One still has to get utterly bored to get out of the house. I would rather stay in, read a book or watch Blu-Ray movies. There is a kind of simple joy in being home alone without the hassle of being out in this humid weather.
As i finish through transitions and small things like appraisals for the team i’m about to leave behind, i am consumed by movies that i may have missed all this time. These days my pre-occupation for movies goes by historical themes.
In a classic whodunnit caper, Feng Sheng (English title: The Message) is a spy thriller based on a 2007 novel written by Chinese author Jia Mai. Set within the backdrop of the Second World War in Japanese-invaded China, the movie revolves around an insurgent group led by the mysterious and elusive “Magnum” who infiltrates the intelligence bureau of Japanese-controlled government through a mole codenamed “Phantom.” A Japanese commander, a young upstart who seeks to redeem his honor, takes upon himself to root out the source of the leak by trapping suspects inside an ancient Chinese castle using ruthless torture and sordid mind-games. The twists and turns of the movie make it an enjoyable and intelligent film to watch. I recommend this for all “film noir” fanatics out there who, like me, may to take a breather from mainstream movies. Despite some weird acting inconsistencies and poor characterization of a seemingly detached, unspoken, homoerotic relationship between the two female characters, the film is definitely worth watching for its core message: courage, sacrifice and heroism.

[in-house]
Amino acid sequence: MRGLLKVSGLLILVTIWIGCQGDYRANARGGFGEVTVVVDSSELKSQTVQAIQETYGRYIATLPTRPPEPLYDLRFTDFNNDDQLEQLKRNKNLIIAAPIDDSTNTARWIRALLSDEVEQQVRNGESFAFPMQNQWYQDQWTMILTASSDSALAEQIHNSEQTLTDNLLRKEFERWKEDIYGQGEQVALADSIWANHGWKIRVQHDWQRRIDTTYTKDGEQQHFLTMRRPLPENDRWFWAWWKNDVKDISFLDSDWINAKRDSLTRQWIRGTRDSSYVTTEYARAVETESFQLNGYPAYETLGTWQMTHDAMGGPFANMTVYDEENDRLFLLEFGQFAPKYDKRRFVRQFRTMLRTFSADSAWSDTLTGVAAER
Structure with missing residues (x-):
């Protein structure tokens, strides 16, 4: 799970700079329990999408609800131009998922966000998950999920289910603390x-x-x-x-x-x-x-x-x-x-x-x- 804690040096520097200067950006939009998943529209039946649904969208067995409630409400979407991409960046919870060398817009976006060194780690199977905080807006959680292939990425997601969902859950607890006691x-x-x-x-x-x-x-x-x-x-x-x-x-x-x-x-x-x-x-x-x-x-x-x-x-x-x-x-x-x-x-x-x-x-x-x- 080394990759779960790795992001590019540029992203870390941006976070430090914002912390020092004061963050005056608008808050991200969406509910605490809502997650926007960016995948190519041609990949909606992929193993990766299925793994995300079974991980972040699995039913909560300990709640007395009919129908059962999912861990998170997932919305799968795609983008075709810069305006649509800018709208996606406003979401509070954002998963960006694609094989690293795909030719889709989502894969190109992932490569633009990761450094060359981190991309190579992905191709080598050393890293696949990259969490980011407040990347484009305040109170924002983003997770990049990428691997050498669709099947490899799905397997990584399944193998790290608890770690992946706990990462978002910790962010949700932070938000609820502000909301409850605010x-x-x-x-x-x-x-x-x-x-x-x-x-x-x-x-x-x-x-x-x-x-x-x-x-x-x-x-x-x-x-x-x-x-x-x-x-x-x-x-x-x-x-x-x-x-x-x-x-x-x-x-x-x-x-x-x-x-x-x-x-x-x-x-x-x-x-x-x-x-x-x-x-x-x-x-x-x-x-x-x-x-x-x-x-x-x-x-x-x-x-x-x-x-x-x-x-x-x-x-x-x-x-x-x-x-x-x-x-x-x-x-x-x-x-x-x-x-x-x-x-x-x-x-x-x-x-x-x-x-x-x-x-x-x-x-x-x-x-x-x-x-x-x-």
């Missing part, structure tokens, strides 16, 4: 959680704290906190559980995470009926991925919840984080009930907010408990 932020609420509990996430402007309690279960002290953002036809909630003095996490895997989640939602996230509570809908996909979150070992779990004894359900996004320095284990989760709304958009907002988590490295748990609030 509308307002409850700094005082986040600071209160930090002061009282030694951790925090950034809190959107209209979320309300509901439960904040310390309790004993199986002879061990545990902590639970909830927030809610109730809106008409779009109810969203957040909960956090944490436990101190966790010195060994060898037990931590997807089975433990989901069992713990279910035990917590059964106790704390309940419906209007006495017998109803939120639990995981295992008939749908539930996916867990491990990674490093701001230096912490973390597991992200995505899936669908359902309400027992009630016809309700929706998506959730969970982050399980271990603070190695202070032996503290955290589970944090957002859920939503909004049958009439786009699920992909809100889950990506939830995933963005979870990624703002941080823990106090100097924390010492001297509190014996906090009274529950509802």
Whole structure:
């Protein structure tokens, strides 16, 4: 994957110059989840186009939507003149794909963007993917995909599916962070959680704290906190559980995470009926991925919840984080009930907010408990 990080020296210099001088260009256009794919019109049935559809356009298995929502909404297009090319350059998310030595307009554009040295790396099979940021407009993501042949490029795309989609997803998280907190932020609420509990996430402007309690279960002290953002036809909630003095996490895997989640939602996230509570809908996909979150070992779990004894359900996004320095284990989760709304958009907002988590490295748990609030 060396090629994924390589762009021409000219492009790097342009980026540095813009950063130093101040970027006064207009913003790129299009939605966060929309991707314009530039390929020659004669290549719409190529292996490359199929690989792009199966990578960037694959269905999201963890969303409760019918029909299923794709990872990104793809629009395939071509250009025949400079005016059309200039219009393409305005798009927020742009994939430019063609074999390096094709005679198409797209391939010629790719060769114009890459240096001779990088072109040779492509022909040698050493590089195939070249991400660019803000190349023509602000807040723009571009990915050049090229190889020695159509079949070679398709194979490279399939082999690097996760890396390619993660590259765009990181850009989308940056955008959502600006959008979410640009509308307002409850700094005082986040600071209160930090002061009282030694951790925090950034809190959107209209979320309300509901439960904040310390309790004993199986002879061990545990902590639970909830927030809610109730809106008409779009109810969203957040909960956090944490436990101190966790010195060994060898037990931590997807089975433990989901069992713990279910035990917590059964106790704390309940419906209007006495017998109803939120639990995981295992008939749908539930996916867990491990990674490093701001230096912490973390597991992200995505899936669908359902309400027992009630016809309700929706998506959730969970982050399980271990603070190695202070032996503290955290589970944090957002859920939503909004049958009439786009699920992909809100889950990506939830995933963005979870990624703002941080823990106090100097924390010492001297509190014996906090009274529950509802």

I was ecstatic when finally i got hold of Blu-Ray copies of John Woo‘s acclaimed two-part movie, Red Cliff (lit. Chi Bi in pinyin). It reminded me of the grandeur of colossal films like Lord of the Rings, however this film is a true jem of profound Asian military strategems like the Tortoise Formation. It is an exhilarating movie that is not rushed as most Western movies seem to feel. Tony Leung was splendid as he was in the film Hero. But what really enthralled me was Takeshi Kaneshiro‘s portrayal of Zhuge Liang. With a brilliant, Zen-like quality that lends to his character, Zhuge Liang’s subtle wit truly exemplified what it is to be truly smart despite the foreseen odds.
Red Cliff is a visual experience that is both enthralling and mesmerizing. The cinematography and the art direction are both laudable aspects of the film which tells the viewer of how enormously creative John Woo is. This is one Chinese movie that any Asian must not miss.
I have a whole stack of Asian movies and anime films that are up for watching. And somehow i am still not bored.